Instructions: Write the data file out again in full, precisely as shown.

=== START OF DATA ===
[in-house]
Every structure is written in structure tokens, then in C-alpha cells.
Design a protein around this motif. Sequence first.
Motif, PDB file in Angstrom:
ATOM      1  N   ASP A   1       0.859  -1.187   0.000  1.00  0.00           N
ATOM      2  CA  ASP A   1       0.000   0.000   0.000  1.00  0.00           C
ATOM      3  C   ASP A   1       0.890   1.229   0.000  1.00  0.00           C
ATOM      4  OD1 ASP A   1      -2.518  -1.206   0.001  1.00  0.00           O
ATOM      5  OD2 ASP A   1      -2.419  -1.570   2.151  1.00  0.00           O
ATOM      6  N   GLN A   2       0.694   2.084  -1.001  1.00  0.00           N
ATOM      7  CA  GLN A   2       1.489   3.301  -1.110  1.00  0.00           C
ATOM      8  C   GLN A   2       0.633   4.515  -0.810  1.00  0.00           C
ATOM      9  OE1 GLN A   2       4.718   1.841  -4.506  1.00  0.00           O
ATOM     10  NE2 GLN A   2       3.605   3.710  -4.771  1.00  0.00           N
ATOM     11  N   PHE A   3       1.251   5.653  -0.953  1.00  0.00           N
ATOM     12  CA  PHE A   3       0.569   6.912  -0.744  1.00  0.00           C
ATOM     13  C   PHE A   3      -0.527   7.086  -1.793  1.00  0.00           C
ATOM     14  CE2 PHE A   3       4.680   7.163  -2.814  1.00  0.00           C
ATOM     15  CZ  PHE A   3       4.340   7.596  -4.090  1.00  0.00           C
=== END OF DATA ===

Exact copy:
[in-house]
Every structure is written in structure tokens, then in C-alpha cells.
Design a protein around this motif. Sequence first.
Motif, PDB file in Angstrom:
ATOM      1  N   ASP A   1       0.859  -1.187   0.000  1.00  0.00           N
ATOM      2  CA  ASP A   1       0.000   0.000   0.000  1.00  0.00           C
ATOM      3  C   ASP A   1       0.890   1.229   0.000  1.00  0.00           C
ATOM      4  OD1 ASP A   1      -2.518  -1.206   0.001  1.00  0.00           O
ATOM      5  OD2 ASP A   1      -2.419  -1.570   2.151  1.00  0.00           O
ATOM      6  N   GLN A   2       0.694   2.084  -1.001  1.00  0.00           N
ATOM      7  CA  GLN A   2       1.489   3.301  -1.110  1.00  0.00           C
ATOM      8  C   GLN A   2       0.633   4.515  -0.810  1.00  0.00           C
ATOM      9  OE1 GLN A   2       4.718   1.841  -4.506  1.00  0.00           O
ATOM     10  NE2 GLN A   2       3.605   3.710  -4.771  1.00  0.00           N
ATOM     11  N   PHE A   3       1.251   5.653  -0.953  1.00  0.00           N
ATOM     12  CA  PHE A   3       0.569   6.912  -0.744  1.00  0.00           C
ATOM     13  C   PHE A   3      -0.527   7.086  -1.793  1.00  0.00           C
ATOM     14  CE2 PHE A   3       4.680   7.163  -2.814  1.00  0.00           C
ATOM     15  CZ  PHE A   3       4.340   7.596  -4.090  1.00  0.00           C